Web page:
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Dire news stories about downtown vacancies and shrinking tax revenue in Minneapolis have produced two trains of thought: Figure out a way to bring workers back or reinvent downtown, in part by converting office buildings to residences.

Perhaps the answer is both. But we need to do something brash. To save the city, perhaps it's time to do something drastic about the most unsightly part of the center of the city.

City Center, the multi-use project between 6th and 7th streets and Nicollet and Hennepin avenues, was the summation of the contemporary ideas about downtown revitalization in 1979, the year ground was broken on the building.

It's easy to see what was intended: a huge office tower, a new hotel that would immediately become the most important place to stay, a new home for a venerable department store, Donaldson's, and a three-story mall — with all the comforts and conveniences of the suburbs — to serve the downtown crowds.

Nighttime shoppers, 1983
Nighttime shoppers, 1983

Mike Zerby, StarTribune, Star Tribune

City Center Food Court, c. 1983
City Center Food Court, c. 1983

Darlene Pfister, StarTribune, Star Tribune

At lunchtime, the elevators in the 52-story 33 South Sixth tower would deliver an army of office workers to the mall, where they could dine in the bright, airy food court, pick up a book at B. Dalton's, finger the silk of a tie or pick up a waffle iron, maybe even play a few rounds of pinball at the Aladdin's Castle arcade.

It was a bold idea, but it was a go-big-or-go-home plan, echoing the 1910 quote of architect Daniel Burnham: "Make no little plans; they have no magic to stir men's blood."

Besides, the block on which City Center rose was made up of small commercial buildings from the early decades of the 20th century — variety stores like Kresge's and Grants. Down-market, jumbled and dumpy, remnants of the time when people took streetcars downtown to shop and stock up.

The stretch on 7th Street once had an old movie theater, but it burned in 1965. The most significant buildings on the block were the Radisson's ungainly addition, a boring white elephant, and the aged Dyckman hotel on 6th Street, which was imploded in 1979.

On the Hennepin Avenue side was a motley collection of stores of no distinction. The Gopher Theater had a glorious marquee, but losing that red-and-gold animated beaut was a small price to pay for the most dynamic, audacious, city-in-a-city project that Minneapolis had seen since the IDS Center opened in 1973.

City Center failed — economically or aesthetically, and maybe both.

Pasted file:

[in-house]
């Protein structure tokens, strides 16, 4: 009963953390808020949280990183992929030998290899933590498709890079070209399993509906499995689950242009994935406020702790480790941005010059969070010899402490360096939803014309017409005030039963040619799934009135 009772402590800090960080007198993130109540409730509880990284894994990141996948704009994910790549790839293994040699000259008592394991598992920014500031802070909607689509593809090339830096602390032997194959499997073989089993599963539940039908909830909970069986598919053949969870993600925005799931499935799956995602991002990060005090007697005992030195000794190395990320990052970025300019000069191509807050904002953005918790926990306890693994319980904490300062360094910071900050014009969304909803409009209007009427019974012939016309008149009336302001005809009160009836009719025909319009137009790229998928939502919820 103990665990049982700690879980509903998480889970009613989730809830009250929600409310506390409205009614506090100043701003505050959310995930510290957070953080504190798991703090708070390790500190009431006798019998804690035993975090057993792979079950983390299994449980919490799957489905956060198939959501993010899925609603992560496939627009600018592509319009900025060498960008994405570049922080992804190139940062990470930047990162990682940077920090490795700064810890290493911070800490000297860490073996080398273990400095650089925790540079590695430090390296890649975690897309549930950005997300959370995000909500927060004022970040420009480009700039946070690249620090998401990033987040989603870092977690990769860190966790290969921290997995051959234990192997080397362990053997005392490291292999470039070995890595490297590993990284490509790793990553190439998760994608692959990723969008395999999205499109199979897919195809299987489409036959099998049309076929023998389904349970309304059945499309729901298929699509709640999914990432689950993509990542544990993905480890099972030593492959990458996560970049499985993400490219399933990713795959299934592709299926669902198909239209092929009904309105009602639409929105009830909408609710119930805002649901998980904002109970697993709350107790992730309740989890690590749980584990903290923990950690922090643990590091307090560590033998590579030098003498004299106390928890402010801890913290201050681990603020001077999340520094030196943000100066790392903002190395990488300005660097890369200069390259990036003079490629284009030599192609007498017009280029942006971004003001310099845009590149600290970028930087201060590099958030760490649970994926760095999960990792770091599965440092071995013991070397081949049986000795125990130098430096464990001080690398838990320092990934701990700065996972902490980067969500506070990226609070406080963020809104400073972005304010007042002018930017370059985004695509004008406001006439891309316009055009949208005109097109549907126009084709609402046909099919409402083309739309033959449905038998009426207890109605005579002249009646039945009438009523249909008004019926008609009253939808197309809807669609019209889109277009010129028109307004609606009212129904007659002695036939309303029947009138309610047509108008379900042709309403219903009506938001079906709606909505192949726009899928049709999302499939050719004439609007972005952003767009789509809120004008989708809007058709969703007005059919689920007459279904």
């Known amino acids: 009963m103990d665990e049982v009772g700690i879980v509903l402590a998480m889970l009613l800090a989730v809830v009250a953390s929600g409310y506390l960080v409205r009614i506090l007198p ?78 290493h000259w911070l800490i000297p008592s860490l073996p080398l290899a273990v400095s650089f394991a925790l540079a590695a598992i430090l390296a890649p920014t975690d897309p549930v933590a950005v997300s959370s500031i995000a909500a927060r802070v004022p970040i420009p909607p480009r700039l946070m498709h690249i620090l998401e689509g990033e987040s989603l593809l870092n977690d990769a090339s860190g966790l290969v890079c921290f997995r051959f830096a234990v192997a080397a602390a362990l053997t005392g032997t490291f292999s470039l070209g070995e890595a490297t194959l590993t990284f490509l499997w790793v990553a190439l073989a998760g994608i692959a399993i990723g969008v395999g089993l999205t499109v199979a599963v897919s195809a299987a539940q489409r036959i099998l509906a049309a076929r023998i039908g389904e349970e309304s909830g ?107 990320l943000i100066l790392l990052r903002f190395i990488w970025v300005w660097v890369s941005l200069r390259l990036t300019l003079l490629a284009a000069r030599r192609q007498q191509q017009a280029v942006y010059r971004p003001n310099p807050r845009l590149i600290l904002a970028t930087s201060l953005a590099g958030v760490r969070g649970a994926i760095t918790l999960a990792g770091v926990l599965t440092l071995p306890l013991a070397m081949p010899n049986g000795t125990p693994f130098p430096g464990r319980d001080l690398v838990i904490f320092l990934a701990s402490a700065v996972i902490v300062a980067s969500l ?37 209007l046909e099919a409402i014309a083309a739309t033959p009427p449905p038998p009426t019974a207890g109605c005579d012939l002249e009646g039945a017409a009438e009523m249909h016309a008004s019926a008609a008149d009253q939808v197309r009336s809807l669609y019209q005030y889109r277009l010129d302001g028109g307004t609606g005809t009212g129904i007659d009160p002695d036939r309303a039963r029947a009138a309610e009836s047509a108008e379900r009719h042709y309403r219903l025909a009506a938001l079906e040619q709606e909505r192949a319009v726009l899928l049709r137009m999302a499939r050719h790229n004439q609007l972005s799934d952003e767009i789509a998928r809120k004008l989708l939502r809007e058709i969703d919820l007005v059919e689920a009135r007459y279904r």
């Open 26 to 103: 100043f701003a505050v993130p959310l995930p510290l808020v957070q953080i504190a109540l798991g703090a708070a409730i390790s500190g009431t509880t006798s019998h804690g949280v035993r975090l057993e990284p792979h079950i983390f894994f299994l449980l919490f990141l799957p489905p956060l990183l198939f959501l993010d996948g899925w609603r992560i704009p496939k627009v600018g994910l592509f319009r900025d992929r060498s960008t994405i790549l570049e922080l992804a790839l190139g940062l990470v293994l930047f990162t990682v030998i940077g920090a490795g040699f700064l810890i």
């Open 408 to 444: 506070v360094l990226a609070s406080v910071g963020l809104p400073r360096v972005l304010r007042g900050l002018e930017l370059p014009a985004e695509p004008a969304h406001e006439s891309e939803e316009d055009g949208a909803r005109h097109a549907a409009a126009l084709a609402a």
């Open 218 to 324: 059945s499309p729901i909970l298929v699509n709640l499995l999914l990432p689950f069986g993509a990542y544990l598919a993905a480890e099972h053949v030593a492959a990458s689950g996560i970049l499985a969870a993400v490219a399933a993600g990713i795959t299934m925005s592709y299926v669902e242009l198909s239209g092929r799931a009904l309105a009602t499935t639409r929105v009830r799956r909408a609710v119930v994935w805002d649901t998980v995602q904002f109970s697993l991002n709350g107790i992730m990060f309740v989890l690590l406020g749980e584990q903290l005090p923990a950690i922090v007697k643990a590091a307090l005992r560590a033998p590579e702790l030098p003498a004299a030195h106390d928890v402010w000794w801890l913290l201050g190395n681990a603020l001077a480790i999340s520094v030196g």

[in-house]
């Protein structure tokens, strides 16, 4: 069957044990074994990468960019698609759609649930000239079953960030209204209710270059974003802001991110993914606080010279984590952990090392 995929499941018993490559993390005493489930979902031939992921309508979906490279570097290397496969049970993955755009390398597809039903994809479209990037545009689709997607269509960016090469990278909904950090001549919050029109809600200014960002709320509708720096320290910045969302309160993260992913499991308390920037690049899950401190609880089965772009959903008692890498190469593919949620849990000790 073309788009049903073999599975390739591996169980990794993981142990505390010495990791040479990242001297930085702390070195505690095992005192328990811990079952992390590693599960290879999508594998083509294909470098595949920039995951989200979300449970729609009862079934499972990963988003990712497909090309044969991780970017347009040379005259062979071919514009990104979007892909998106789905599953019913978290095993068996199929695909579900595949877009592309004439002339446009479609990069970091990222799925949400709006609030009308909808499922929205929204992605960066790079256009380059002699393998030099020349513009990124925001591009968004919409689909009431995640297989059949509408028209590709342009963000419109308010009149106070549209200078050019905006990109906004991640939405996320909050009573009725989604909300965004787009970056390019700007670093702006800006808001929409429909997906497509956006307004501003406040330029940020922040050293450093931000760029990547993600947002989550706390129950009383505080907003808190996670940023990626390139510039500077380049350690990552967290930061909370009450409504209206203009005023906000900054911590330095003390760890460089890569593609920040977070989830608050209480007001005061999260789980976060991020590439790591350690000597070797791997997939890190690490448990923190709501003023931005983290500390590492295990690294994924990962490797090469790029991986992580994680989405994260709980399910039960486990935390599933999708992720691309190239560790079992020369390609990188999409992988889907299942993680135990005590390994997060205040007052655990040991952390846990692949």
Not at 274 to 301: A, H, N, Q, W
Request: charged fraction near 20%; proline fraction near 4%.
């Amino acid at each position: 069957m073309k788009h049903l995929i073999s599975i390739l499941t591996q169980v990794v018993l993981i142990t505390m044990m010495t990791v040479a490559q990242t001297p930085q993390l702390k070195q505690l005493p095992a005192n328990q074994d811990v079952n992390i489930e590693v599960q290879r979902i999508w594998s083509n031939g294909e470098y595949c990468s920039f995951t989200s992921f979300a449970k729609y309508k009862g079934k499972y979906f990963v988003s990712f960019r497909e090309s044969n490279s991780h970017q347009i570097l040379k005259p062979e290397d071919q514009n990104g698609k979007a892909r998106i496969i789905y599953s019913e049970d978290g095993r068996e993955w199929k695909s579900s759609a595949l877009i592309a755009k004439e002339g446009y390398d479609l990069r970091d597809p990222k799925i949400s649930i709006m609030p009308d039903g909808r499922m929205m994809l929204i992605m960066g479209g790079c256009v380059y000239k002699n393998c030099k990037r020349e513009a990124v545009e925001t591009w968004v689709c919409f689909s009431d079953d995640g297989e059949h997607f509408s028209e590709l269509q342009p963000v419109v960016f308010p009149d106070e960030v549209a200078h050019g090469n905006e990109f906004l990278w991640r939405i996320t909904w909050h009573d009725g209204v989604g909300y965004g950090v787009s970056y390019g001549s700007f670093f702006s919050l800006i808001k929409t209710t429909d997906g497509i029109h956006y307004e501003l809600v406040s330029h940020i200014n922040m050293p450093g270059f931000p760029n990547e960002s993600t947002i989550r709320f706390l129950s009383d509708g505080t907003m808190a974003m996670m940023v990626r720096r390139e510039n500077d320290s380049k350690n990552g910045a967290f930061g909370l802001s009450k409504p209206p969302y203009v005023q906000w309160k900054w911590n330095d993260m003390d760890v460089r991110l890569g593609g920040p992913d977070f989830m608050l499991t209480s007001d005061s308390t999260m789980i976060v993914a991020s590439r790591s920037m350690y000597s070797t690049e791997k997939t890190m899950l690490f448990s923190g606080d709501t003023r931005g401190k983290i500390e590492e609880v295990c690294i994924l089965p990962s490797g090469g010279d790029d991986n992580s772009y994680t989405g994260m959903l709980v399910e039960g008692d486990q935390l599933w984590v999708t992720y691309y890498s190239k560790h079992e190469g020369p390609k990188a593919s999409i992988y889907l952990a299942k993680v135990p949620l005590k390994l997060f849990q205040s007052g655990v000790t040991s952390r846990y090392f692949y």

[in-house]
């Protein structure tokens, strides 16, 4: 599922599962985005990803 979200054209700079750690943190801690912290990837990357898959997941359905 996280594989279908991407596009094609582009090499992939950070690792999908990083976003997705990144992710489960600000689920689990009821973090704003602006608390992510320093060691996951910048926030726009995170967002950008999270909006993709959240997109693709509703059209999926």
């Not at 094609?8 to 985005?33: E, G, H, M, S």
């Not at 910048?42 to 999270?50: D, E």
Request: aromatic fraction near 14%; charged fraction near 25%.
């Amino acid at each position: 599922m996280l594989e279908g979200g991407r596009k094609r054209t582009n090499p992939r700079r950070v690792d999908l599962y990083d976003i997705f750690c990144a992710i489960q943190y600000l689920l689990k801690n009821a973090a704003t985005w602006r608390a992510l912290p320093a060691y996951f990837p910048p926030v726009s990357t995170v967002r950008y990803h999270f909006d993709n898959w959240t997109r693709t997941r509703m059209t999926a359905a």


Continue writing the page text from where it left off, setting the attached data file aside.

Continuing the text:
Donaldson's was sold, rebranded and then shuttered in the department-store industry contraction and consolidation. The mall has been largely empty for a long time. The triangular glass wedge of the Minneapolis Marriott City Center works, because it's not a box.

Marriott Hotel c. 2008, seen from inside the mall.
Marriott Hotel c. 2008, seen from inside the mall.

James Lileks, StarTribune, Star Tribune

The tower produced a lot of revenue in rent and taxes for a long time, but it's a dour, dun-hued dullard. The Hennepin side is a parking ramp, because of course that's what you build to line an entertainment district.

The whole thing turned into a soul-sucking black hole.

But it can be redeemed. Here's how.

First, tear down the Donaldson's portion on Nicollet, and make a park along the lines of Rockefeller Center. A skating rink in the winter, a pond in the clement months. Build a glass-walled restaurant looking down on the skaters or fountains. Opening up the wall of buildings along Nicollet would open up the block and create a new nexus around which downtown revolved.

Second, cover the parking ramp on Hennepin with enormous video displays, like Times Square. Sell Coke and Nike, sure, but also play Prince videos, movies of Twin Cities summer scenes in the dead of winter. Showcase the content of local videographers, or highlights and coming attractions from Hennepin Avenue theaters.

Third, rent out City Center's mall to pop-up stores and indie merchants at rock-bottom rent. Little wine bars, boutique stores, pinball arcades, humble brewpubs, a nook for whiskey-tasting. A hardware store with the basics. Things people downtown need.

City Center in the 2000s,  decked out in some desperately garish banners. It doesn’t have to look like this to get people back, but some color would be nice.
City Center in the 2000s, decked out in some desperately garish banners. It doesn’t have to look like this to get people back, but some color would be nice.

James Lileks, StarTribune, Star Tribune

Fourth, spruce up the 33 South Sixth tower. Paint it some audacious hue — crimson red, cerulean blue, bright orange, lemony yellow. Or all four, one per side. Create an instant landmark.

Run a shuttle bus from the North Loop and the Washington Avenue residential towers to the new, improved City Center, so it becomes a community hub for downtown residents.

Alas, none of this will happen.

The failure of the beliefs that created City Center and other downtown destination centers — Gaviidae Common, Block E (now Mayo Clinic Square) — has poisoned the very idea of big-block redevelopments with substantial retail and entertainment components.

But downtown is changing. And a reimagined City Center that serves the locals (and didn't look like a squat Bastille) isn't an audacious plan. It's just a plan — an ordinary, plausible plan. Sometimes they stir the blood, too.